Having spent much of this Millennium working on investment plans for dairy farming and milk processing, I am used to looking at variations in those that supply the milk. They have included species variables [cows, sheep and water buffalo] and within species variables like breeds of cow, yield intensity, forage and feed sources, organic or not… etc. One becomes adroit at developing the farm management planning data, assessing what the constraints are and identifying what are the most relevant key performance indicators to use. I was lucky I was taught by, and then worked alongside, Professor John Nix, the best farm business specialist we have ever had anywhere, anytime. At Wye we developed the methodology, the systems and provided the data.
As climate change has risen up the agenda, I naturally started asking around for the data that we could work with on farm. If farming is to be constrained [and possibly, heavily] by emissions limitations one assumed that someone somewhere had, post-haste, started researching how these constraints were going to play out on farm. Sadly, it appears that the emissions being attributed to agriculture have been based on some complex models that, all the same, lack any detail when one ‘drills down’. Apparently we are being told that we have to cut our emissions but little to no information to plan with. It is a highly unsatisfactory situation.
The approach at the moment appears to be to tell the farming community to reduce numbers to cut emissions. The general populace is being told to reduce meat and dairy consumption. A few sceptics are asking whether this is the climate-change or anti-animal agricultural lobbies at work. Ultimately, the farmer is left in a void where the only clear conclusion is that this is going to impact upon farm incomes. At present, I should not be writing this, I should be working out the numbers, the data, the information needed to allow the farming community to plan within new climate-change constraints but, alas, we seem to live in an era where resources are devoted to making a noise, to lobbying and not to providing the planning information upon which to identify solutions.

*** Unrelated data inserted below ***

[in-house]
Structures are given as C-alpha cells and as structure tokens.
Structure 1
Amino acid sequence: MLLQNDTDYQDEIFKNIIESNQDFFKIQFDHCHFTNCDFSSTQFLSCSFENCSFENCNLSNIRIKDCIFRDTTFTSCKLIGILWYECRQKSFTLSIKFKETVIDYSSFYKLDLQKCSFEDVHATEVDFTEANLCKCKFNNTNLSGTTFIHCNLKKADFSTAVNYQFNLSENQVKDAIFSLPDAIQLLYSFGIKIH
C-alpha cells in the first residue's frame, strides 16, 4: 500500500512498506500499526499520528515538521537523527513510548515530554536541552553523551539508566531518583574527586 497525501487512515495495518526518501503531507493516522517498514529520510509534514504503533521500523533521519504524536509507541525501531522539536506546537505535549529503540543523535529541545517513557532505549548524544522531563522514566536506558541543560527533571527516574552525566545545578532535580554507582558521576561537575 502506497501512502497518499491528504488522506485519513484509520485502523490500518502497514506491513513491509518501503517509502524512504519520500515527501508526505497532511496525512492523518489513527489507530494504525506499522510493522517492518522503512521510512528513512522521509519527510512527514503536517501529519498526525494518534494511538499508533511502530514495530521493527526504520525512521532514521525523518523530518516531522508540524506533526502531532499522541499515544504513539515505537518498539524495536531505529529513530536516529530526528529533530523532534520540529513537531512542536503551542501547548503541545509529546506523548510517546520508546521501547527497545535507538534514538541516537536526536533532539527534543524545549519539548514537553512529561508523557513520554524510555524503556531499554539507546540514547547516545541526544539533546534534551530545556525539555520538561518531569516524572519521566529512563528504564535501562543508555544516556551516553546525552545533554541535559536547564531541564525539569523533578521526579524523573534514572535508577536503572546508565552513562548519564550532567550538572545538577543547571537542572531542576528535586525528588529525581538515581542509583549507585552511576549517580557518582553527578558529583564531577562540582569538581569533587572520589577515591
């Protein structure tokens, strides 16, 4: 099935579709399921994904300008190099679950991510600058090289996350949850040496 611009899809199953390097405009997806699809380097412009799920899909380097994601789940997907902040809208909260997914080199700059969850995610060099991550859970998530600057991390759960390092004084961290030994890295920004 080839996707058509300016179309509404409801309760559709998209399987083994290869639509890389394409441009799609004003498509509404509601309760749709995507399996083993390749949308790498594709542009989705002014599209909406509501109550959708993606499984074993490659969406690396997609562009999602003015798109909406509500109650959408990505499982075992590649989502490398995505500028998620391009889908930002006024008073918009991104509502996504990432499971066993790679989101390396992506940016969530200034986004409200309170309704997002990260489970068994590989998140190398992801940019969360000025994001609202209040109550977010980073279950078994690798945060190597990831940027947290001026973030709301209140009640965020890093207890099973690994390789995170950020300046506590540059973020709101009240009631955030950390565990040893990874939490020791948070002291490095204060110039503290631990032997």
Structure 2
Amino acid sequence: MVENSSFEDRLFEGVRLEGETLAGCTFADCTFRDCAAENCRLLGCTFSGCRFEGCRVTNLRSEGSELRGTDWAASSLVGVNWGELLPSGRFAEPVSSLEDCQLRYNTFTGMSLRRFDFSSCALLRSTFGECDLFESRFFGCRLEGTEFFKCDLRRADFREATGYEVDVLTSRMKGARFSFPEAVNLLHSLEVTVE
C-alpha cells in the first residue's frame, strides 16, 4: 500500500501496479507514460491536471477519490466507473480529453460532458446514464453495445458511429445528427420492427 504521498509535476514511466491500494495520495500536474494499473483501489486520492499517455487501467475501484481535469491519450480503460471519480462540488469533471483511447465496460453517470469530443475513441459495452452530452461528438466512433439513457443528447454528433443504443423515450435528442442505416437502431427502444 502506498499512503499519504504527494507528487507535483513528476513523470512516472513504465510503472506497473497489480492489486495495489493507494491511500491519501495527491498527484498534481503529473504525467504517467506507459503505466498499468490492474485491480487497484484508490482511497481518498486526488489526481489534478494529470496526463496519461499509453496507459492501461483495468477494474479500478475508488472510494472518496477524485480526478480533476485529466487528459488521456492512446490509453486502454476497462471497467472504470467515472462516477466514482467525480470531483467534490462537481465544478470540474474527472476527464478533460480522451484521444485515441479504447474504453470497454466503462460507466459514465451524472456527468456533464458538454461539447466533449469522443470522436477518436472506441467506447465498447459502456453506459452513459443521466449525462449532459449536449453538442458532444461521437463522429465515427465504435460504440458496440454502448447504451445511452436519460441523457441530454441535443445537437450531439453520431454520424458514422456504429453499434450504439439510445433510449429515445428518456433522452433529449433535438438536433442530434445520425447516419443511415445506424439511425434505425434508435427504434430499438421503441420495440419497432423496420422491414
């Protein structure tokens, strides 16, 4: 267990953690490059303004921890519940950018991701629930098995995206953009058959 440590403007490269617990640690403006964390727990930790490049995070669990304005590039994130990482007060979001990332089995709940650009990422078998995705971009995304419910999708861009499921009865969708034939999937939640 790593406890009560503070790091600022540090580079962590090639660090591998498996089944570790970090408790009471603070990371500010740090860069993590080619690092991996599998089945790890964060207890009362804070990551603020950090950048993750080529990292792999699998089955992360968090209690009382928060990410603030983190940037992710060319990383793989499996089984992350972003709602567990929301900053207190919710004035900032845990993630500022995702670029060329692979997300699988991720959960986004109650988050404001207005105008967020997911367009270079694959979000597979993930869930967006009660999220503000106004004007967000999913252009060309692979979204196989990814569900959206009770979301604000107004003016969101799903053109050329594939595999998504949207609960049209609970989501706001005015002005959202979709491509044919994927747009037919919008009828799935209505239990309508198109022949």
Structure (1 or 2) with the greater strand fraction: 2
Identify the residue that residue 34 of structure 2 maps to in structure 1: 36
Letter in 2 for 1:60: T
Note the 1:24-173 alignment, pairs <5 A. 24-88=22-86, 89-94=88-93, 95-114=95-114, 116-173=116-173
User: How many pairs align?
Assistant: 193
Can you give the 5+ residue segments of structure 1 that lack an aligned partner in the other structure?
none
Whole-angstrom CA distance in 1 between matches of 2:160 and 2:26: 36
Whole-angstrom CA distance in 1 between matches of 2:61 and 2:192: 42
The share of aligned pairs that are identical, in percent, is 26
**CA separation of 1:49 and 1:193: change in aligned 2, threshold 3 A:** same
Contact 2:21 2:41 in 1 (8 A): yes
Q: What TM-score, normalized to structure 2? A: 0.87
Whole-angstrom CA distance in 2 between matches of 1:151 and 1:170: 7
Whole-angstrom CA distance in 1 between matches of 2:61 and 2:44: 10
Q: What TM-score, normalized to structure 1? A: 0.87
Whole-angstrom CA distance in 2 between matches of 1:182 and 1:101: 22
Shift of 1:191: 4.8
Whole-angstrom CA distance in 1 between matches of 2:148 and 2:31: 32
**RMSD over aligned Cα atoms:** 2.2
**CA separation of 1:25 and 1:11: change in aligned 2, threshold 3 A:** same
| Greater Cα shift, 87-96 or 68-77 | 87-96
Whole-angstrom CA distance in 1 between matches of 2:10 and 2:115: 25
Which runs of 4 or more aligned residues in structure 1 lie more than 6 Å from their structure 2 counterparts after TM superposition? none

I first hit this issue when I wanted to start working out what cattle-farming systems would provide what farm income in relation to different emission levels. If a [or the] primary constraint on the farm income becomes GHG emissions [or specific GHG gases] we have to shift our KPI to income per that GHG constraint and other KPIs to performance levels in relation to the same constraints. At present, the response is to measure emissions on farm and to reduce the carbon footprint per unit of production. It emphasises ‘traditional’ efficiency gains over any radical climate-change solutions because we just have little else to work with. We are facing some of the greatest pressures ever for our farming and food systems in a void of farm planning information. And nothing much seems to be happening about it. I am not sure if many key players even know there is an issue!
Earlier I tried to classify cows. One knows that there are a myriad of beef production systems around, probably slightly less when it comes to milk production and can we simplify this? I am researching a great deal these days about grass-fed [or is that forage-fed or pasture-fed?] so I thought we could separate cows into those that are raised on a mainly grass/forage based diet and those that are grain-fed. But then again what proportion do we use to qualify for one or the other?
My broad rational was that forage-fed and grain-fed would be having different impacts in terms of GHG emissions. An issue I have been tracking closely [as it is the one that could be the climate-change game changer] is carbon sequestration using ruminant grazing systems so immediately one is asking whether there are different degrees to which a forage-fed cow can emit GHG gases if, critically, emissions AND sequestration is taken into account. Also, does that cow require different grazing practices and sward mixes? And how well do pastures sequester carbon if they are frequently re-sown, treated with high nitrogen fertiliser applications and/or copious quantities of slurry? If the issue is far more about the health of soil micro-organisms than we have considered to-date, how is the subterranean part of the animal kingdom fairing under different grassland management regimes. The word ‘complex’ immediately comes to mind and using a ‘grass-fed’ system itself is far from simple. And have we even really started the research; or is it even too ‘radical’ to be funded?